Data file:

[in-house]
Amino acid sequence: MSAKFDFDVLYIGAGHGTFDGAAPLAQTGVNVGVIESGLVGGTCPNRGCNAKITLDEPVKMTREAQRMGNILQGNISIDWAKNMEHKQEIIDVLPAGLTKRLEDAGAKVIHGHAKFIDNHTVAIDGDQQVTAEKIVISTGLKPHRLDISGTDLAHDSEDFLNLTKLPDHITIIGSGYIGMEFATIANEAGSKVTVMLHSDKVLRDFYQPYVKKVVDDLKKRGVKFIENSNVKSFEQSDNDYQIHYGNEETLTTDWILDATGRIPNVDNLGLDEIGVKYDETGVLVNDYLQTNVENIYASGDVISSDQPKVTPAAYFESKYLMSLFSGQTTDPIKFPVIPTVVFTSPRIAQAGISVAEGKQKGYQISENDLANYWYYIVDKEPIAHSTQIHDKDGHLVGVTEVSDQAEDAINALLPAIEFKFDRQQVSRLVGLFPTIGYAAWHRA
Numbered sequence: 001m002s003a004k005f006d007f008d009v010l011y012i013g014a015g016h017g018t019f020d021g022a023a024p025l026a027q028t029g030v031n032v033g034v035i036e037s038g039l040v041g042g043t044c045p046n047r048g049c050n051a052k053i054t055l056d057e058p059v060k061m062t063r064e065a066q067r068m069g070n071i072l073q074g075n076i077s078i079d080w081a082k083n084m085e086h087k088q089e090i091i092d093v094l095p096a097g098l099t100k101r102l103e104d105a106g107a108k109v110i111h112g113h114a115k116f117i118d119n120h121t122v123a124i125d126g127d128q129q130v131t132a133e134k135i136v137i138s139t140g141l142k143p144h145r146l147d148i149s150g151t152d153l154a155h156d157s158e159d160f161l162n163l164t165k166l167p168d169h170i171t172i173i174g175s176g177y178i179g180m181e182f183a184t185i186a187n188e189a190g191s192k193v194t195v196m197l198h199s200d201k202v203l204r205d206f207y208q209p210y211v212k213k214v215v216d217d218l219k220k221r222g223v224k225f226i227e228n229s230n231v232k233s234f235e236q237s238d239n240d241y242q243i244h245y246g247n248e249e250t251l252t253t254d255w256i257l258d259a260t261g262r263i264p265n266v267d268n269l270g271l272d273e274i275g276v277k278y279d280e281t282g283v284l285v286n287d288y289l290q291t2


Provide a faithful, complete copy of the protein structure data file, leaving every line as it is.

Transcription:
[in-house]
Amino acid sequence: MSAKFDFDVLYIGAGHGTFDGAAPLAQTGVNVGVIESGLVGGTCPNRGCNAKITLDEPVKMTREAQRMGNILQGNISIDWAKNMEHKQEIIDVLPAGLTKRLEDAGAKVIHGHAKFIDNHTVAIDGDQQVTAEKIVISTGLKPHRLDISGTDLAHDSEDFLNLTKLPDHITIIGSGYIGMEFATIANEAGSKVTVMLHSDKVLRDFYQPYVKKVVDDLKKRGVKFIENSNVKSFEQSDNDYQIHYGNEETLTTDWILDATGRIPNVDNLGLDEIGVKYDETGVLVNDYLQTNVENIYASGDVISSDQPKVTPAAYFESKYLMSLFSGQTTDPIKFPVIPTVVFTSPRIAQAGISVAEGKQKGYQISENDLANYWYYIVDKEPIAHSTQIHDKDGHLVGVTEVSDQAEDAINALLPAIEFKFDRQQVSRLVGLFPTIGYAAWHRA
Numbered sequence: 001m002s003a004k005f006d007f008d009v010l011y012i013g014a015g016h017g018t019f020d021g022a023a024p025l026a027q028t029g030v031n032v033g034v035i036e037s038g039l040v041g042g043t044c045p046n047r048g049c050n051a052k053i054t055l056d057e058p059v060k061m062t063r064e065a066q067r068m069g070n071i072l073q074g075n076i077s078i079d080w081a082k083n084m085e086h087k088q089e090i091i092d093v094l095p096a097g098l099t100k101r102l103e104d105a106g107a108k109v110i111h112g113h114a115k116f117i118d119n120h121t122v123a124i125d126g127d128q129q130v131t132a133e134k135i136v137i138s139t140g141l142k143p144h145r146l147d148i149s150g151t152d153l154a155h156d157s158e159d160f161l162n163l164t165k166l167p168d169h170i171t172i173i174g175s176g177y178i179g180m181e182f183a184t185i186a187n188e189a190g191s192k193v194t195v196m197l198h199s200d201k202v203l204r205d206f207y208q209p210y211v212k213k214v215v216d217d218l219k220k221r222g223v224k225f226i227e228n229s230n231v232k233s234f235e236q237s238d239n240d241y242q243i244h245y246g247n248e249e250t251l252t253t254d255w256i257l258d259a260t261g262r263i264p265n266v267d268n269l270g271l272d273e274i275g276v277k278y279d280e281t282g283v284l285v286n287d288y289l290q291t2